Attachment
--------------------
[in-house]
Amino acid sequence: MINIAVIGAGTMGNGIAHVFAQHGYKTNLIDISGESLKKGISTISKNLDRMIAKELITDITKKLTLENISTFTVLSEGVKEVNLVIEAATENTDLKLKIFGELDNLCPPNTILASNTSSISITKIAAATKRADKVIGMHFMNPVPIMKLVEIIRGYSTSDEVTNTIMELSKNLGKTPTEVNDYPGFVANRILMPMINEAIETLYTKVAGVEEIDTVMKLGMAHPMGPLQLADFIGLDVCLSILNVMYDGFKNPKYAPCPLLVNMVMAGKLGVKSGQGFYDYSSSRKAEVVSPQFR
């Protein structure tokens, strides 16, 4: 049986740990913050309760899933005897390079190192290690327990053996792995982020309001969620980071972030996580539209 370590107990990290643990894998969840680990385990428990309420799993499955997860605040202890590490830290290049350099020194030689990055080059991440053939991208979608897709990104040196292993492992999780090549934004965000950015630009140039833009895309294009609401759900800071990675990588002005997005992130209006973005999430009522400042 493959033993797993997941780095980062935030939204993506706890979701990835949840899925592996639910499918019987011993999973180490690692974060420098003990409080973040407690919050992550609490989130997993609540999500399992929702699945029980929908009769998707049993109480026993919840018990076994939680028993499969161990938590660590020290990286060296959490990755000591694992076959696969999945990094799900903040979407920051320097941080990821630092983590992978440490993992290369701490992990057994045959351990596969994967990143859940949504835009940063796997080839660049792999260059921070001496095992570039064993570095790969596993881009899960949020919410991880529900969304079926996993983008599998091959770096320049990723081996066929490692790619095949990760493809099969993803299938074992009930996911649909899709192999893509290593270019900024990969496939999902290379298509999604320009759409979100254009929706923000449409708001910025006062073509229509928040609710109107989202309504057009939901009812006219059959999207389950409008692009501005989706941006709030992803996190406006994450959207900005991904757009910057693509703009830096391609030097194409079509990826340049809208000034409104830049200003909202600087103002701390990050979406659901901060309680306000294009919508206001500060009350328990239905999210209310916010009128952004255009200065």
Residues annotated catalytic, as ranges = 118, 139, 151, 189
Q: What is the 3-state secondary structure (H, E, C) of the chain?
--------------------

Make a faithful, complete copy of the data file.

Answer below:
[in-house]
Amino acid sequence: MINIAVIGAGTMGNGIAHVFAQHGYKTNLIDISGESLKKGISTISKNLDRMIAKELITDITKKLTLENISTFTVLSEGVKEVNLVIEAATENTDLKLKIFGELDNLCPPNTILASNTSSISITKIAAATKRADKVIGMHFMNPVPIMKLVEIIRGYSTSDEVTNTIMELSKNLGKTPTEVNDYPGFVANRILMPMINEAIETLYTKVAGVEEIDTVMKLGMAHPMGPLQLADFIGLDVCLSILNVMYDGFKNPKYAPCPLLVNMVMAGKLGVKSGQGFYDYSSSRKAEVVSPQFR
């Protein structure tokens, strides 16, 4: 049986740990913050309760899933005897390079190192290690327990053996792995982020309001969620980071972030996580539209 370590107990990290643990894998969840680990385990428990309420799993499955997860605040202890590490830290290049350099020194030689990055080059991440053939991208979608897709990104040196292993492992999780090549934004965000950015630009140039833009895309294009609401759900800071990675990588002005997005992130209006973005999430009522400042 493959033993797993997941780095980062935030939204993506706890979701990835949840899925592996639910499918019987011993999973180490690692974060420098003990409080973040407690919050992550609490989130997993609540999500399992929702699945029980929908009769998707049993109480026993919840018990076994939680028993499969161990938590660590020290990286060296959490990755000591694992076959696969999945990094799900903040979407920051320097941080990821630092983590992978440490993992290369701490992990057994045959351990596969994967990143859940949504835009940063796997080839660049792999260059921070001496095992570039064993570095790969596993881009899960949020919410991880529900969304079926996993983008599998091959770096320049990723081996066929490692790619095949990760493809099969993803299938074992009930996911649909899709192999893509290593270019900024990969496939999902290379298509999604320009759409979100254009929706923000449409708001910025006062073509229509928040609710109107989202309504057009939901009812006219059959999207389950409008692009501005989706941006709030992803996190406006994450959207900005991904757009910057693509703009830096391609030097194409079509990826340049809208000034409104830049200003909202600087103002701390990050979406659901901060309680306000294009919508206001500060009350328990239905999210209310916010009128952004255009200065």
Residues annotated catalytic, as ranges = 118, 139, 151, 189
Q: What is the 3-state secondary structure (H, E, C) of the chain?